The Urbz is the Game Boy Advance cousin to EA and Maxis' upcoming urban twist on The Sims for consoles. The game offers a pint-sized variation on the console game and puts you in control of an urb, an urban relation to the more straightlaced sim, who has been the virtual star of EA and Maxis' juggernaut franchise. We recently had a chance to get a look at the final version of the game and were impressed by what we saw. If you want your own look at The Urbz on GBA, head over to the media page to see some brand-new gameplay movies.
The game picks up shortly after where last year's GBA Sims game, The Sims Bustin' Out, left off, but it sends you to explore the colorful world of The Urbz, the street-savvy branch of the sim family tree. The game will mirror the reputation-focused gameplay style of its console cousin but make use of a structure similar to that of Bustin' Out. You'll try to impress the locals with your mad style and earn cash to outfit yourself in the right gear. Your reputation will be at the core of the experience and will come to affect the relationships you have with other players. You'll take on jobs, which are basically minigames, and earn new abilities called xizzles, which will affect how you progress through the game. As your rep grows, you'll be able to travel to new areas and interact with new faces, including one of the characters from the console version of The Urbz.
In addition to the single-player game, you'll find a meaty selection of multiplayer options that will let you play against a friend in the minigames, trade items, or auction goods. The biggest immediate benefit to linking with a friend, however, is the ability to unlock a brand-new area.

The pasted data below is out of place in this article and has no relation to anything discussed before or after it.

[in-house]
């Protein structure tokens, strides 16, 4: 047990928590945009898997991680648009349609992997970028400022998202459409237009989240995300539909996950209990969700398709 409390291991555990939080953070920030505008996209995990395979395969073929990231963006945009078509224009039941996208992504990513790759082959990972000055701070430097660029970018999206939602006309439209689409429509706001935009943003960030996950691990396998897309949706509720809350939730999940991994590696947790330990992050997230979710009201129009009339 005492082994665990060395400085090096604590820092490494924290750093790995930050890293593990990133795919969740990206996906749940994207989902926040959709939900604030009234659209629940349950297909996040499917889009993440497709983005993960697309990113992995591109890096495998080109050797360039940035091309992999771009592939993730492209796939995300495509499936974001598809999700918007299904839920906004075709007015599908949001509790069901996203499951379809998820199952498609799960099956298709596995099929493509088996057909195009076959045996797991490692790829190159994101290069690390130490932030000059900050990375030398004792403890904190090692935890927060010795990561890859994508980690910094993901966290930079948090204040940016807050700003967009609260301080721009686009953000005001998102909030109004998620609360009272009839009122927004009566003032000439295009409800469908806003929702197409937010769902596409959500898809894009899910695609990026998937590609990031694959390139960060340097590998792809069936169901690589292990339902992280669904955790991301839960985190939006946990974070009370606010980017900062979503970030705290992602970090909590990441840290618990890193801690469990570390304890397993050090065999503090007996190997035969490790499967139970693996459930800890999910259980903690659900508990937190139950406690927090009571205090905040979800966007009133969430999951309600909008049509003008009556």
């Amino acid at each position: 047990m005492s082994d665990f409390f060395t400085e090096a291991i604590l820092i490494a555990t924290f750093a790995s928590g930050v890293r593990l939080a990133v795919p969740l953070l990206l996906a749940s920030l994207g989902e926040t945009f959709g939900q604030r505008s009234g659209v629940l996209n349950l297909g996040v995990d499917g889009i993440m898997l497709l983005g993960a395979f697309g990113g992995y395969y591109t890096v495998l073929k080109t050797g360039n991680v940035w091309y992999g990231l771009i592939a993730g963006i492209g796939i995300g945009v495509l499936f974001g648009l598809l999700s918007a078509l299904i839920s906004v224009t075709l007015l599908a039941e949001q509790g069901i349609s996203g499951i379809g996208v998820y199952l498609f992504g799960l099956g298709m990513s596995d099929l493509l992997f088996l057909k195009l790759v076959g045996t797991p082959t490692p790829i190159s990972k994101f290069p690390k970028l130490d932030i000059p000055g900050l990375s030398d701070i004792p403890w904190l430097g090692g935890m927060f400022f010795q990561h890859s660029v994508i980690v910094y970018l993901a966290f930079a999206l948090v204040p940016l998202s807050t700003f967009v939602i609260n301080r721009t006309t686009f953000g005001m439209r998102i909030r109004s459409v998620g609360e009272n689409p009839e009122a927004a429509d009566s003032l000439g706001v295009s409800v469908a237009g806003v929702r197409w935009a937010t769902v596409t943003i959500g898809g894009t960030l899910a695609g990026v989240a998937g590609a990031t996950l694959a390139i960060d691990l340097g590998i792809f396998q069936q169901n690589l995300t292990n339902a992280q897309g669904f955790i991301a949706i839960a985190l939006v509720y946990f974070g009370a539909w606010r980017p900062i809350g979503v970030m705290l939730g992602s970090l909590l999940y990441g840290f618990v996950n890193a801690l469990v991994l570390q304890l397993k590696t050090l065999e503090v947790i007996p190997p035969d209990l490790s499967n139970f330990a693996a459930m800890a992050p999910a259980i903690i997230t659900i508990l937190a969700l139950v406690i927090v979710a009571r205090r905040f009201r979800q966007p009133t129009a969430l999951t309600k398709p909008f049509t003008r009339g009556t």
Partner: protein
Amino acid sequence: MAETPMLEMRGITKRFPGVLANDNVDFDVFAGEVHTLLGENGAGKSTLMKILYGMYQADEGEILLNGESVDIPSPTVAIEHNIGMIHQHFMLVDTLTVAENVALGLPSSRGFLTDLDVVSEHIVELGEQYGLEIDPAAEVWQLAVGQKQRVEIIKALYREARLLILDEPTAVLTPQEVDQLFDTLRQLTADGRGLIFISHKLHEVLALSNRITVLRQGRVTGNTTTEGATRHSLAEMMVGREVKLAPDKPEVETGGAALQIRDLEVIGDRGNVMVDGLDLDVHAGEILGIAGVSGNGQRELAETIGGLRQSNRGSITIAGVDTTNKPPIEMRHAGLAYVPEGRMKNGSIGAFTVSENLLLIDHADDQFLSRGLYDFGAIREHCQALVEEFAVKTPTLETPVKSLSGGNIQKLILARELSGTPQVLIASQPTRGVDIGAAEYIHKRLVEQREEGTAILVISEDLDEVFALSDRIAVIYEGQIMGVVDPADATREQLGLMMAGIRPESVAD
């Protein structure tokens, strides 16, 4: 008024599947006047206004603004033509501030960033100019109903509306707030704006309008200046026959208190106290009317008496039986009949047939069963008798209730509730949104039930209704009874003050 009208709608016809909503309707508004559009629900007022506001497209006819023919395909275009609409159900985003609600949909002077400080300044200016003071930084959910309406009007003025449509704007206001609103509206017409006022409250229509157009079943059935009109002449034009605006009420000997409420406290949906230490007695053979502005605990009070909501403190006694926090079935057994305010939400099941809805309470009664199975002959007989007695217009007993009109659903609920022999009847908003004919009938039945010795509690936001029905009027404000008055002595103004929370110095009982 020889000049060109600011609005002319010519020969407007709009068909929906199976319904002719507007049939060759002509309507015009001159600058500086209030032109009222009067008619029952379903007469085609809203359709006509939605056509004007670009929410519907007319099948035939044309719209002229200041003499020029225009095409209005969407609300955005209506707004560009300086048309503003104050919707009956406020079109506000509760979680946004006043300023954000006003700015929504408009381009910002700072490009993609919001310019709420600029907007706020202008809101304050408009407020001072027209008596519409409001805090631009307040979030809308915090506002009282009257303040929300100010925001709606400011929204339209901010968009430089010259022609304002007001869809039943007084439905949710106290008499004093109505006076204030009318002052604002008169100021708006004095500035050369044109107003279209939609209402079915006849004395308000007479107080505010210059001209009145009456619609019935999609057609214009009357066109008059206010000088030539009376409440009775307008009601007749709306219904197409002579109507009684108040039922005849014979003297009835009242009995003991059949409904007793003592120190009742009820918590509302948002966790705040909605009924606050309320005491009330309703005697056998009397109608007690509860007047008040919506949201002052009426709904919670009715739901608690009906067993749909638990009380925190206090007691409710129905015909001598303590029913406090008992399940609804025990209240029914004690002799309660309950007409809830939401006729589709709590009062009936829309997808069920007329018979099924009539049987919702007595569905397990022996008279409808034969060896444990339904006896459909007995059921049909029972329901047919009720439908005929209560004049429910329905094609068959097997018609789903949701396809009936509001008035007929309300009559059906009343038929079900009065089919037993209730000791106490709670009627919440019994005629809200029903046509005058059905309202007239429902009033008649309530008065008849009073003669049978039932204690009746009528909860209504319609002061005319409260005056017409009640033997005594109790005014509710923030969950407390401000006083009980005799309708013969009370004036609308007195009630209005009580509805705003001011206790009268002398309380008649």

The graphics in the game are an improvement on Bustin' Out, offering a cleaner overall look. The visual polish ends up providing a good showcase for the artwork in the game, which is a change of pace from the style used in Bustin' Out. The urbz engage in some pretty amusing animations when you have them perform various menial tasks, such as taking a shower or sitting atop the toilet (both of which occur in plain view). Griptonite has managed to cram quite a bit of variety into the new game and has given it a unique feel--quite an accomplishment, considering that we're talking about the relatively tiny GBA screen.
So far, the audio in The Urbz is impressive and makes smart use of the GBA's capabilities. You'll hear snippets of simlish (the bizarre language that all sims speak) peppered throughout your encounters with NPCs in the game, as well as a fair assortment of sound samples. However, the aural crown jewel is likely to be the various music tracks used for the plethora of minigames included in the title, especially the rhythm action one.
From what we've seen, The Urbz is shaping up well. The varied and simple gameplay is addictive, and the multiplayer support gives the game respectable legs. If you're a fan of The Sims games or are looking for a fun diversion, you'll want to keep an eye out for The Urbz when it ships this fall.